Adventure, Drama, Recommended 1 Comment »

By Ray Pridebutton

It get don’t I.

A case of too much of a so-so thing, “The Curious Case of Benjamin Button” is a fatal mismatch of sensibilities, orchestrated by a master of complete control, David Fincher, with a poet of the passive, screenwriter Eric Roth, whose work includes “The Good Shepherd” (spy as watcher) and “Forrest Gump” (simpleton as empty vessel).

Drawing on a slim conceit from a wafer of a short story by F. Scott Fitzgerald—man bites dog! I mean, “man born old grows young”—“The Curious Case of Benjamin Button” is less picaresque or lifelong wanderjahr than a hybrid “Forrest Button.” Things happen. A character gawps. The mind wanders. And it makes one muse over passivity in Fincher’s films: in “Fight Club,” doesn’t The Narrator lie back and let rampaging id Tyler do all the work? And “Zodiac” is a masterpiece about a gaze that misunderstands, about asking the wrong questions rather than not ever finding a sought answer.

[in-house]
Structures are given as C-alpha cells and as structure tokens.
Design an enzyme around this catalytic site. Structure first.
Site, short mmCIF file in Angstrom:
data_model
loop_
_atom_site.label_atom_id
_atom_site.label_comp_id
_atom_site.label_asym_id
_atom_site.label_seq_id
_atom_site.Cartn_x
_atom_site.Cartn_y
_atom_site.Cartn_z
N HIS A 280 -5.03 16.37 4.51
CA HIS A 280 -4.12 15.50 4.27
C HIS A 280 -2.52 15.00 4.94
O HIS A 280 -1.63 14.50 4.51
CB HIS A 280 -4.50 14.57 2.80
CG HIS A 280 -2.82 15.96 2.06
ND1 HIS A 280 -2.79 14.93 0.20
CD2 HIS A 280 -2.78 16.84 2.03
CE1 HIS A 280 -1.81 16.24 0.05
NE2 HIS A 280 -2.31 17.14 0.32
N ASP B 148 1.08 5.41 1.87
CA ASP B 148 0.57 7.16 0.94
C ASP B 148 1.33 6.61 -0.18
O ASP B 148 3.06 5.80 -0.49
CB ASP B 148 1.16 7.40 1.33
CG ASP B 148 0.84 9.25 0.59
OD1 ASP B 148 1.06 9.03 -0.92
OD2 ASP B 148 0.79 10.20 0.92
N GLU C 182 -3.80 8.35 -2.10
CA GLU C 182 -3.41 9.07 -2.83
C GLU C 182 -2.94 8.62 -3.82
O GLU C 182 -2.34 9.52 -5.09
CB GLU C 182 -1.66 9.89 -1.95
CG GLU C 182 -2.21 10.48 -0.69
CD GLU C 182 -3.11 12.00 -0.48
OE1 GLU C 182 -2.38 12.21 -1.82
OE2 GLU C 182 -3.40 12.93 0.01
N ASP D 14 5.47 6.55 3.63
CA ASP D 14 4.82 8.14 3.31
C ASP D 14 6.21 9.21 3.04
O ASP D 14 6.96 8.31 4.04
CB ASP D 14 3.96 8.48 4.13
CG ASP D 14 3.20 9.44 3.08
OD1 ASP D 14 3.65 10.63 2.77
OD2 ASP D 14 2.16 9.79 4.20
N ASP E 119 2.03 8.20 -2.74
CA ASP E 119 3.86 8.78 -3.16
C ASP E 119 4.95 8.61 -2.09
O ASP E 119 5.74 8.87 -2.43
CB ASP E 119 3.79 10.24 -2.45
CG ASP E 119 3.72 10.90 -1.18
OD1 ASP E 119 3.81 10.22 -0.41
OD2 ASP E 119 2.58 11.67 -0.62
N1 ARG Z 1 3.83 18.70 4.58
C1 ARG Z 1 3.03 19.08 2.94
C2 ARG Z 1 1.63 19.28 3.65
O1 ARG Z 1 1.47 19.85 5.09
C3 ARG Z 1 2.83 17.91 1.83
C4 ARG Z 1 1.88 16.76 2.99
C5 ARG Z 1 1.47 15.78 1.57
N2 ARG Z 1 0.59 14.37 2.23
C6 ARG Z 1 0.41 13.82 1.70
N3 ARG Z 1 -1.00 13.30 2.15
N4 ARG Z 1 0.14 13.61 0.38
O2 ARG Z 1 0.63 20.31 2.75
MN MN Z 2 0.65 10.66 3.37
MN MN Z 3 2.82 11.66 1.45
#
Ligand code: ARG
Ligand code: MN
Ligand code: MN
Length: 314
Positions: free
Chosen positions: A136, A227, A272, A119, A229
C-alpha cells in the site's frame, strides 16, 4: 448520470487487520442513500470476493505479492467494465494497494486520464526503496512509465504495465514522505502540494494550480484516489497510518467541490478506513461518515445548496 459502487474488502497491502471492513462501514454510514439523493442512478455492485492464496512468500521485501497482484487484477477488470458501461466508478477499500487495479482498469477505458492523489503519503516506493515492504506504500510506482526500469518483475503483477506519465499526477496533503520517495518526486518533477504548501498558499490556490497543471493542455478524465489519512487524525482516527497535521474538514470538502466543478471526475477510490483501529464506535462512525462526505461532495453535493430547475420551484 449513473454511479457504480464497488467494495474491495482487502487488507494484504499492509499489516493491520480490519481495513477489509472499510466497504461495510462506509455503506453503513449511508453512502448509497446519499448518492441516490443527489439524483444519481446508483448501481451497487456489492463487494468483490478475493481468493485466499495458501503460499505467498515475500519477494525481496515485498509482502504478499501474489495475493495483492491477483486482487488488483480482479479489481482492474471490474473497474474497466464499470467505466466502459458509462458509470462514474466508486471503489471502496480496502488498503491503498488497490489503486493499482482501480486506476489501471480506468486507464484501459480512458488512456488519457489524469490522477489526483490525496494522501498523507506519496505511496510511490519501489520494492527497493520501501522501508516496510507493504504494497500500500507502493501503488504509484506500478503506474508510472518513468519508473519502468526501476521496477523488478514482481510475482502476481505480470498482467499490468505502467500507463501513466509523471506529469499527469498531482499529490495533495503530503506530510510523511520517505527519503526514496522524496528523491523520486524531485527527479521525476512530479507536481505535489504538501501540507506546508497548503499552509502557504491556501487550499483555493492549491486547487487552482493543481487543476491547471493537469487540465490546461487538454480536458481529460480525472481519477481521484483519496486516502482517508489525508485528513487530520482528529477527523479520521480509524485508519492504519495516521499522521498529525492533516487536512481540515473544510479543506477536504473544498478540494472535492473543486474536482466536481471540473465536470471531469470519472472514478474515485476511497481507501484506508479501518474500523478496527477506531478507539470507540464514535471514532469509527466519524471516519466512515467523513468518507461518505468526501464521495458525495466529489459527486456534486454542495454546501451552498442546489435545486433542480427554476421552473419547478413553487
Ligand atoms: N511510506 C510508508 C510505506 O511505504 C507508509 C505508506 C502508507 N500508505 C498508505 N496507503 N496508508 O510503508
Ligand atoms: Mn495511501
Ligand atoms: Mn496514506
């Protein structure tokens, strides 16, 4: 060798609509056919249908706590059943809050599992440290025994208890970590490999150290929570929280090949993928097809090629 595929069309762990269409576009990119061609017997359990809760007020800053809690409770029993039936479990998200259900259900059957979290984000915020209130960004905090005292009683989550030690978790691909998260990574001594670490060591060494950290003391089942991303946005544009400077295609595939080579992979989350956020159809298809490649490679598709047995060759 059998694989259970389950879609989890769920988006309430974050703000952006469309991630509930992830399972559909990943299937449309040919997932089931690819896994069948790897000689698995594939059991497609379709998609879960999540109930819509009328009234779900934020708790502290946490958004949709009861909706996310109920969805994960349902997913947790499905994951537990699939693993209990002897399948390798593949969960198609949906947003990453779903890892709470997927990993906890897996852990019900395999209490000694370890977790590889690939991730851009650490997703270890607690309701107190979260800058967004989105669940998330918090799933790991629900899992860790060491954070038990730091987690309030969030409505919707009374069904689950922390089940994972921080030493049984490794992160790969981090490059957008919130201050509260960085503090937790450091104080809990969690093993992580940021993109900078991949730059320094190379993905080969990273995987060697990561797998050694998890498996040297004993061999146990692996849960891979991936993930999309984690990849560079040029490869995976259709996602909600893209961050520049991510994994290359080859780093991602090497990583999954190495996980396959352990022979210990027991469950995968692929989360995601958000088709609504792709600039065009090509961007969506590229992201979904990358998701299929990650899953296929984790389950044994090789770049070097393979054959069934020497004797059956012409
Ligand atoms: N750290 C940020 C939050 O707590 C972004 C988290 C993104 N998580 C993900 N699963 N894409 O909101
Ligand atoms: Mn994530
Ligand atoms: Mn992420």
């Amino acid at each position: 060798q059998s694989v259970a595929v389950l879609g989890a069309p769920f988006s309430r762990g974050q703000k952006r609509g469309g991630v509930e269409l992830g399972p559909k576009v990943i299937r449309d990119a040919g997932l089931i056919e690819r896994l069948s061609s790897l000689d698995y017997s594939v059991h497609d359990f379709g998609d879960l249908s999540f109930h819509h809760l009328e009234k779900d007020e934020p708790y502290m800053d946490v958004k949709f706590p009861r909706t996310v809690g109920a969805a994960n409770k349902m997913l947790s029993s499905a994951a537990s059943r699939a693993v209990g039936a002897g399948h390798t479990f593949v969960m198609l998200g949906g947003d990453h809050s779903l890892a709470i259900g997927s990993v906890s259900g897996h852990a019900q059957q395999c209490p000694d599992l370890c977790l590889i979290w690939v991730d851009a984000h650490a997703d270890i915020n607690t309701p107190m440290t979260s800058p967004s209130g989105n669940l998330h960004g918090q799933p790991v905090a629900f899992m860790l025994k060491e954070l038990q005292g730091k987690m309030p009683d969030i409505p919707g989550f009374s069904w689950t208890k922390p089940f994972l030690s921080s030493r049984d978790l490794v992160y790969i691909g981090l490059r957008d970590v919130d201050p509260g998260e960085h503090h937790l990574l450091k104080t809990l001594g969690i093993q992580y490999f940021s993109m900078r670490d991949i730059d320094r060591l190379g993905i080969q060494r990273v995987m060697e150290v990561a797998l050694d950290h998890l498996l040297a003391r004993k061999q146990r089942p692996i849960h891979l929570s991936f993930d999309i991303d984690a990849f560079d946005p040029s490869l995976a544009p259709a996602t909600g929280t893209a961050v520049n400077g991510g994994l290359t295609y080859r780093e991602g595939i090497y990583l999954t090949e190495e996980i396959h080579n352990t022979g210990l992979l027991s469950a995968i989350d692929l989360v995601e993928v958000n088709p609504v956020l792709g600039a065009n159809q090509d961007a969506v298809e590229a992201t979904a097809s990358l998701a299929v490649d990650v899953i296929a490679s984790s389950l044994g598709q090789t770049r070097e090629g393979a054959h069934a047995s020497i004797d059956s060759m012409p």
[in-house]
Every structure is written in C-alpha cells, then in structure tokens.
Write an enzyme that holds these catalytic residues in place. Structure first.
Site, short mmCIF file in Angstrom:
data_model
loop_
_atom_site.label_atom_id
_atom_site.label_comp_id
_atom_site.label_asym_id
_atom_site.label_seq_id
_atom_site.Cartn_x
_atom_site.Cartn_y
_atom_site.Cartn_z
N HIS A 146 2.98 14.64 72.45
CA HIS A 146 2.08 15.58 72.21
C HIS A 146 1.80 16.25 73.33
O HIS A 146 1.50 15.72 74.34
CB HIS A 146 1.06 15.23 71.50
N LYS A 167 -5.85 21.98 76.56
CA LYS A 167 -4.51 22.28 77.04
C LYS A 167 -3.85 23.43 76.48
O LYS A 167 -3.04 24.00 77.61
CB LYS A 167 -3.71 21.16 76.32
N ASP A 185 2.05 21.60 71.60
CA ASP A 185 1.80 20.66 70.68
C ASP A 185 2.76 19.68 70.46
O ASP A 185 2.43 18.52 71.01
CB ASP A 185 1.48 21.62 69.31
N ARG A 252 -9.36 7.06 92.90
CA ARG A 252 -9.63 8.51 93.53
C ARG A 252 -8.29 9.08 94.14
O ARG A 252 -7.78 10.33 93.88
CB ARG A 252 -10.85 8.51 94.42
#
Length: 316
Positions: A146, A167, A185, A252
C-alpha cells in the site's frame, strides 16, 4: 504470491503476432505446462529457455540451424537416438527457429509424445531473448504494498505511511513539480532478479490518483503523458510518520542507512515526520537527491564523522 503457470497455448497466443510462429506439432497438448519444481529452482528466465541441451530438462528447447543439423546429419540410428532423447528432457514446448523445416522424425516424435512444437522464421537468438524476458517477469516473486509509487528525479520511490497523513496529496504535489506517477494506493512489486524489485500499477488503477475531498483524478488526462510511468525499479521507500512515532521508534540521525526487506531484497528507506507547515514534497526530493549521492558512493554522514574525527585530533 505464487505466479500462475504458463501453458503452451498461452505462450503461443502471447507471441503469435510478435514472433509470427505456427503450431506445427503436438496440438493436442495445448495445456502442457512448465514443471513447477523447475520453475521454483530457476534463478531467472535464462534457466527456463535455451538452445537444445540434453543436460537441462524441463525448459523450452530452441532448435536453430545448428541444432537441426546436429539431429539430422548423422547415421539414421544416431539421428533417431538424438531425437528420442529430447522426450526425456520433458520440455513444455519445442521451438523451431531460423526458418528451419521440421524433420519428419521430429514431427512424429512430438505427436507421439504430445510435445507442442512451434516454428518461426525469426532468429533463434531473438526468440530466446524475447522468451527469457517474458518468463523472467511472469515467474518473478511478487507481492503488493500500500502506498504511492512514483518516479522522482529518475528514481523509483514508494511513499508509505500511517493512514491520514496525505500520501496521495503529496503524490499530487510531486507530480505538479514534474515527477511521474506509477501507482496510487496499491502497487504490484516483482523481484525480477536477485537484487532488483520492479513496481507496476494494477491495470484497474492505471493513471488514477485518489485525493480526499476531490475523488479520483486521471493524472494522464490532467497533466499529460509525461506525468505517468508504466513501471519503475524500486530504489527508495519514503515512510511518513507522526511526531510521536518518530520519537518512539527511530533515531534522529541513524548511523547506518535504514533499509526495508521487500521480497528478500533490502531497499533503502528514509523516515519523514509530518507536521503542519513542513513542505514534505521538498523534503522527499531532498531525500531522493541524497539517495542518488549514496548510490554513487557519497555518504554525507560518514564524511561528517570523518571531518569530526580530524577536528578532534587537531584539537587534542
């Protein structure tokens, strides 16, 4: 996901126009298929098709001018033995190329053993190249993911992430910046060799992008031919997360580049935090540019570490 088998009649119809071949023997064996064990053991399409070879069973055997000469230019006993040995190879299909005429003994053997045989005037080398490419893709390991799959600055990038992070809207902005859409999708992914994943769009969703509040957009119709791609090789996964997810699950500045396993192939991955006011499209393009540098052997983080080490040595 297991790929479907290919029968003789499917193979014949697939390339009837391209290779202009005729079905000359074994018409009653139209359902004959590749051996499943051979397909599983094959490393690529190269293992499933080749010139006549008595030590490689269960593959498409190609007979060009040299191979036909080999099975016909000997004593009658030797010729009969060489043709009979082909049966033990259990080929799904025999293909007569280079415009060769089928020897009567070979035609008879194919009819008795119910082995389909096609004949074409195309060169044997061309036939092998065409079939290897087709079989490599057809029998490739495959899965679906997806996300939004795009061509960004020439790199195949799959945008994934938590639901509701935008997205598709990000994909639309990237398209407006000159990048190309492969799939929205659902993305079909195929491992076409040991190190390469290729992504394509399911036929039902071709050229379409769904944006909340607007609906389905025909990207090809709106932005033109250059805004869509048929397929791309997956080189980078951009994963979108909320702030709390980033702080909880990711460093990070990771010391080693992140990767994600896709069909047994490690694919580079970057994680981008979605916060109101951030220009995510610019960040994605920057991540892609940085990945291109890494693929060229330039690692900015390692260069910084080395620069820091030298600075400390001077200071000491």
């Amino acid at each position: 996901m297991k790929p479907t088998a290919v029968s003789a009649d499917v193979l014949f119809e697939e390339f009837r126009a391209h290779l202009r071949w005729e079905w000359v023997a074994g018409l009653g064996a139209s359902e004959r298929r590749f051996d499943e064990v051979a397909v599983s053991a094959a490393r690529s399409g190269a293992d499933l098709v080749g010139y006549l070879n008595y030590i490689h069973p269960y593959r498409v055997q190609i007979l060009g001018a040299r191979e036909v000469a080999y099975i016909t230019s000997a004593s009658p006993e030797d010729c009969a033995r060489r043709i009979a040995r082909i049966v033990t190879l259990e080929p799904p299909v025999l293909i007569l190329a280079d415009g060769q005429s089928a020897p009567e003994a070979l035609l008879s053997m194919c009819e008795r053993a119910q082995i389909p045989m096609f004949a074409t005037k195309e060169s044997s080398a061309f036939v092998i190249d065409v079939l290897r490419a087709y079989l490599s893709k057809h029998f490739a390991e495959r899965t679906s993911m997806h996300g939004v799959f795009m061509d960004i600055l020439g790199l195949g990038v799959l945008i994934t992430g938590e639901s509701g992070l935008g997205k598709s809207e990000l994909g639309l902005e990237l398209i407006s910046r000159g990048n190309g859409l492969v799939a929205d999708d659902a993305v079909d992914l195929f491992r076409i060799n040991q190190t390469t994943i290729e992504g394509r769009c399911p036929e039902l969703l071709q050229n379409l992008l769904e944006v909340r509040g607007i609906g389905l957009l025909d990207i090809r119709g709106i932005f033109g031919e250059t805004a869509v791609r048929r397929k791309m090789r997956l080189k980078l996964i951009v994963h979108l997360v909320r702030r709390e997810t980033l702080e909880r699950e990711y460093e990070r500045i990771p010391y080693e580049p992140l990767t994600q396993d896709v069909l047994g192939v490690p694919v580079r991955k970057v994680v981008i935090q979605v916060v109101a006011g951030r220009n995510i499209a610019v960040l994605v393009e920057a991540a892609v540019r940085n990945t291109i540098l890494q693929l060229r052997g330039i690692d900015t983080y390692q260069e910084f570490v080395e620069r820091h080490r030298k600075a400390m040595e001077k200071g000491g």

Benjamin Button (Brad Pitt) is born old and grows to be an ancient newborn. Ever-fresh Daisy, the girl he loves, dances from a redhead of 10 to a dancer of whatever, embodied in some parts by Cate Blanchett, and in the distancing present-tense portions, set during the winds and lashing rains of Hurricane Katrina, by a bid for a Best MakeUp Oscar. In the middle, there’s stuff about shipping out to sea and committing adultery with Tilda Swinton in a Russian hotel and getting sunk at sea and eventually Brad Pitt digitized to a younger, ever more angelic version of himself on the back of a fine shiny motorcycle. For me, the feeling was less one of coolness and distance and apartness from the material that some have identified than simply, what is going on here? It feels as impersonal as a yellowed telegram ordering clock parts. Pitt is a lovely mirror, but what’s reflected back? Are you the hero of your own life if your fate is to repeatedly open the closet in the hall and life avalanches on your head like a succession of empty boxes?

Born in New Orleans on the day World War II ends, Benjamin is a foundling, thought a monster for his newborn decrepitude, but once left on the doorstep of an infertile young woman (Taraji P. Henson), a miracle. Fireworks play across the French Quarter night, like the similar digital sky that opens “Zodiac,” with fireworks exploding above the bridges of the Bay. But the episodic tale that follows pales in comparison to “Zelig” or to “Forrest Gump,” less a chronicle of experiential amplitude than one of fussy gee-whillikers cod-drollery.